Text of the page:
Denian Arcoleo wrote:This topic always throws up the view -'rest stroke is old-fashioned, classical guitar technique has moved on', or words to that effect. I'd love to know where this idea came from. It is wrong.
At one time, 20+ years ago, it used to be overly taught by teachers. Rest stroke has its place, but it should be used in a minority of cases.
It doesn't need to be used at all, as a free stroke that uses a variety of attack strengths and tone colours can be used for all music, and there is plenty enough variety there if the player is creative.
In some styles of music, rest stroke sounds ungainly - eg. most Baroque.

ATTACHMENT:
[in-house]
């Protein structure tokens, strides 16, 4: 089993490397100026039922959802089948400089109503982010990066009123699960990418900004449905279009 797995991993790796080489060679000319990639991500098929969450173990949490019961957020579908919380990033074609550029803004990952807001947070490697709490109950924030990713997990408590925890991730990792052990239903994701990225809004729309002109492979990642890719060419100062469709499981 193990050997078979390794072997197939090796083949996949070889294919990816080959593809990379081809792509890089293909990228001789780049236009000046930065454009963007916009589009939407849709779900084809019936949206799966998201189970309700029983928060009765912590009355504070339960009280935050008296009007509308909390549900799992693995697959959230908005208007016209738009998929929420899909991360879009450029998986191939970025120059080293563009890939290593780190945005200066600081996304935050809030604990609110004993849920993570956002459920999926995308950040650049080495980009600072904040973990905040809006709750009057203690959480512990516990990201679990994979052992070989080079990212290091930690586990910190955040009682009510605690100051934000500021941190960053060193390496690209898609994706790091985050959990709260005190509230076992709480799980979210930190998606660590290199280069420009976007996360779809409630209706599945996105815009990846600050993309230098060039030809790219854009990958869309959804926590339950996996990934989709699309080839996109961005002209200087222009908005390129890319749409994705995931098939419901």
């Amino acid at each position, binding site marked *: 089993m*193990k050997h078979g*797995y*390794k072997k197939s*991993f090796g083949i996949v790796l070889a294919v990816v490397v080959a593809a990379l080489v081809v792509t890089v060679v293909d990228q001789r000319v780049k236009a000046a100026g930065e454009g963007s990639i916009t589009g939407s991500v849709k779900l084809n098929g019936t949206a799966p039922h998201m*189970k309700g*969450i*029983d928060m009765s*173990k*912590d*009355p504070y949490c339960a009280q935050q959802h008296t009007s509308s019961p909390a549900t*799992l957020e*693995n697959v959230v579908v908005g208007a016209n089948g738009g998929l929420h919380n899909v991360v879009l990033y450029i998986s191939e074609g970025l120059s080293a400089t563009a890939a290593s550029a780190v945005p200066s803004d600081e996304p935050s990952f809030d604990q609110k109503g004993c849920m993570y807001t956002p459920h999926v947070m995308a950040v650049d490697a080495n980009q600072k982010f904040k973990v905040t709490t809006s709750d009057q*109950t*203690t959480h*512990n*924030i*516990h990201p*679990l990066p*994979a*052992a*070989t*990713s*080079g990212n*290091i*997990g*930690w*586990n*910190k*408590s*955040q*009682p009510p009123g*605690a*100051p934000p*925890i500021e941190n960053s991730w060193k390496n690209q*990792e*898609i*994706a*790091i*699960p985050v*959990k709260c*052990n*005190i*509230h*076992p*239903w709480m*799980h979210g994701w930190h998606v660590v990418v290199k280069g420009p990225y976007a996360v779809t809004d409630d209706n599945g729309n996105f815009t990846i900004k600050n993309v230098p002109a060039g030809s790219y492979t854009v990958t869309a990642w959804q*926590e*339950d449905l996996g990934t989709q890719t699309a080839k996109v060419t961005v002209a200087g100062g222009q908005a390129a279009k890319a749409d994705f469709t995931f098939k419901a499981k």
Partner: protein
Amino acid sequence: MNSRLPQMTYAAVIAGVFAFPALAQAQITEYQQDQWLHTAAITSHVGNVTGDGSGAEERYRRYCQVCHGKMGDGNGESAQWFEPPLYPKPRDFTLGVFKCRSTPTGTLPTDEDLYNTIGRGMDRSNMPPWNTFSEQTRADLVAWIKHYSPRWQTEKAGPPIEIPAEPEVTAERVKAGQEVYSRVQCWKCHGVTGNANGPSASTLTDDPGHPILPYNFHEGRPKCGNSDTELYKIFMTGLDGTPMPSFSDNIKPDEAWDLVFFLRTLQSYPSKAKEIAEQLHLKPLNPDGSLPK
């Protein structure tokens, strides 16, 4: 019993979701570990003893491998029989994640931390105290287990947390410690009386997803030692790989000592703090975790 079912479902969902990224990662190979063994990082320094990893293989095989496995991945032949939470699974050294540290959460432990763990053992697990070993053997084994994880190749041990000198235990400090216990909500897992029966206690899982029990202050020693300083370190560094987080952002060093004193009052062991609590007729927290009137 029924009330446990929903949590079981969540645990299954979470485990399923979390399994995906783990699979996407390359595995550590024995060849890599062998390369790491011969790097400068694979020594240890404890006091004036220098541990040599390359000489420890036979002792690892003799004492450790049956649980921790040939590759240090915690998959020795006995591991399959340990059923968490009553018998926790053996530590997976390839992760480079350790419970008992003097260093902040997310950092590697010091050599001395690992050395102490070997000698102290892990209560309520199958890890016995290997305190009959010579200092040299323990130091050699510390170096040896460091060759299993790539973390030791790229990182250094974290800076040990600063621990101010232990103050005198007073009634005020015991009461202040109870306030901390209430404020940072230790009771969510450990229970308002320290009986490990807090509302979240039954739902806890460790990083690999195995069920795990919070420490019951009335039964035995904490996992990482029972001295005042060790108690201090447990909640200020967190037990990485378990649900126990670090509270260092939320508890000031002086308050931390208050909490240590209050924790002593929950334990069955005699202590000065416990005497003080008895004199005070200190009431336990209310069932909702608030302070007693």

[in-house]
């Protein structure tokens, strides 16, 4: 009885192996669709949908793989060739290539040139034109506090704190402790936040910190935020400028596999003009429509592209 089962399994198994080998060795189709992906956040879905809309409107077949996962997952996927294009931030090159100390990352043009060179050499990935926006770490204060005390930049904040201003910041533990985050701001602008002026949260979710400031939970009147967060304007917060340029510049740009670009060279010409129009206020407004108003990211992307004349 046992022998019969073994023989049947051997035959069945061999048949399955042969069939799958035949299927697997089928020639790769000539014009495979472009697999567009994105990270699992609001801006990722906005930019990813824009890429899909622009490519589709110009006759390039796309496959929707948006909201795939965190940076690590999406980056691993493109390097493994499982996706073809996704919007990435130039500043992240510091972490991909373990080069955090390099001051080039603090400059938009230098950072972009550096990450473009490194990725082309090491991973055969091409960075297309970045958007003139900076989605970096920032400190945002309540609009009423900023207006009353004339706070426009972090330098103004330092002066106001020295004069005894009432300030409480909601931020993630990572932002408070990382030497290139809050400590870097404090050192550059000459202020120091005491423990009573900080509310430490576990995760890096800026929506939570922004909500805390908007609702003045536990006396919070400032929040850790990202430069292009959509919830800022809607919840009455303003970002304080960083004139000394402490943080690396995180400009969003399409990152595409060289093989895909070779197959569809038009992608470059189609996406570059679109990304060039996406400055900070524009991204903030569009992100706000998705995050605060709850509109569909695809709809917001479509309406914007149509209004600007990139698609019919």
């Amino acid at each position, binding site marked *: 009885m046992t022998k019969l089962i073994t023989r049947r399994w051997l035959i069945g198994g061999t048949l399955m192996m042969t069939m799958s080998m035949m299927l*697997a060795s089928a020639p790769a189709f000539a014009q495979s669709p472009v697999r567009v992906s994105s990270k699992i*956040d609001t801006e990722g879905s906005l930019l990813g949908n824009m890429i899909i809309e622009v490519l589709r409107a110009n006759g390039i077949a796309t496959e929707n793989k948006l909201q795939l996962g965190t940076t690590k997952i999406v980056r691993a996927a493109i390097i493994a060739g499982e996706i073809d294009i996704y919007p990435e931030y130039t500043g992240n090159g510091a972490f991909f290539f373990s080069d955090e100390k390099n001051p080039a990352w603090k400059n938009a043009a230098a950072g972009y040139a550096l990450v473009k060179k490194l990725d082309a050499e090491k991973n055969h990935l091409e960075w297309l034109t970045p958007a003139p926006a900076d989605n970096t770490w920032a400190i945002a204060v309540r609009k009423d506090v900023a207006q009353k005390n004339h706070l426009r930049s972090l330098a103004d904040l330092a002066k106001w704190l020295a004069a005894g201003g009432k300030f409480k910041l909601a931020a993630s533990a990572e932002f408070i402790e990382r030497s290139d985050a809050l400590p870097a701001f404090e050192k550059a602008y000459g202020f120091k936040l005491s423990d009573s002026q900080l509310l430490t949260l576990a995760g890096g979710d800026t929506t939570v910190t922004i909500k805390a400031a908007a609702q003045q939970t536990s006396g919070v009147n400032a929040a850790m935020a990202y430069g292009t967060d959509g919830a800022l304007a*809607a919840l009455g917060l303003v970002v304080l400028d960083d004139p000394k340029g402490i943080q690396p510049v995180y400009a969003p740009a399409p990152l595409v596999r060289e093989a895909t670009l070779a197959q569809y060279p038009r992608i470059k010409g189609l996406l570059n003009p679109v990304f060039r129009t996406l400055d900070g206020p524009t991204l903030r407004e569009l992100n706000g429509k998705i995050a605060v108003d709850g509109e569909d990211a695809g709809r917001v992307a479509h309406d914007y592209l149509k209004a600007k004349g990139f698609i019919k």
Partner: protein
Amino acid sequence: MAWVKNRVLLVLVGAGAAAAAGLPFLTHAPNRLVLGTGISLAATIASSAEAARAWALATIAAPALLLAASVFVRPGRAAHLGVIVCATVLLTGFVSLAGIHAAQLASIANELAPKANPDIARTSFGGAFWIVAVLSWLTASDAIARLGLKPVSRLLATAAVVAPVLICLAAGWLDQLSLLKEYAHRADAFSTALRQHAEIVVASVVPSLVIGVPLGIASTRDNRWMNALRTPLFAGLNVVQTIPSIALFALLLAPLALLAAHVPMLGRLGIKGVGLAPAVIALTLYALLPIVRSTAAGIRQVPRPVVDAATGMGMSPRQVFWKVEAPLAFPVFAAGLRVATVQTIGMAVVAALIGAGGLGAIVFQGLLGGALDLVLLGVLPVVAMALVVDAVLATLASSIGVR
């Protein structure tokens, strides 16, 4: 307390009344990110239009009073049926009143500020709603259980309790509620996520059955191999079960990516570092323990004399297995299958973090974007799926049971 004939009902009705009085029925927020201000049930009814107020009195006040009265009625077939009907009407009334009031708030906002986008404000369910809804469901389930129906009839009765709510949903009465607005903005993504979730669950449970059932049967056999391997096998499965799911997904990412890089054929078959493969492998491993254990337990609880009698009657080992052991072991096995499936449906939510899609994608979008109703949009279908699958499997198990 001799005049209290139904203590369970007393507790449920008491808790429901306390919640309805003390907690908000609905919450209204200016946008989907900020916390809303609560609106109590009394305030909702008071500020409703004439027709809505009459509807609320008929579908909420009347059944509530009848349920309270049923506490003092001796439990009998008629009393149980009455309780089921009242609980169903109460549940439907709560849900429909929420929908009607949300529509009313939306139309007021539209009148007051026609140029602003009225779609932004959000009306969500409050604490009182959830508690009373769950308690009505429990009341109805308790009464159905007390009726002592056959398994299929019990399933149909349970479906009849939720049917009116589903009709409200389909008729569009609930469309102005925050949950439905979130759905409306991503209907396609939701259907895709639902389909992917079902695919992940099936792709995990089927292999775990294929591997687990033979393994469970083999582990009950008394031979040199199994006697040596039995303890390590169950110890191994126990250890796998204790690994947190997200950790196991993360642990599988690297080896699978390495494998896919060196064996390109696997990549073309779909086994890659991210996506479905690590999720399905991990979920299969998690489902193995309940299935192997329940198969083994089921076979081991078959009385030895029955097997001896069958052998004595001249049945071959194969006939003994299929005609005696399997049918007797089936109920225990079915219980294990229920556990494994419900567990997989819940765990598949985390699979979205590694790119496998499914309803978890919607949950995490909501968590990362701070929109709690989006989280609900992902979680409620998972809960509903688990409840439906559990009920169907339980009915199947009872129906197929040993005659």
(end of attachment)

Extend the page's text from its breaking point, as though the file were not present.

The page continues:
It also deadens the sympathetic resonance of adjacent strings.
I also think it sounds naff when used to "bring out" a melody line - eg. Sor B minor study. A more developed "a" finger can bring it out without the need for a clunky rest stroke every few notes - but this is how it used to be universally taught.
As somebody recently suggested, it is useful for fast scales, especially when competing with an orchestra for volume. But even then, a strong free stroke can be used instead.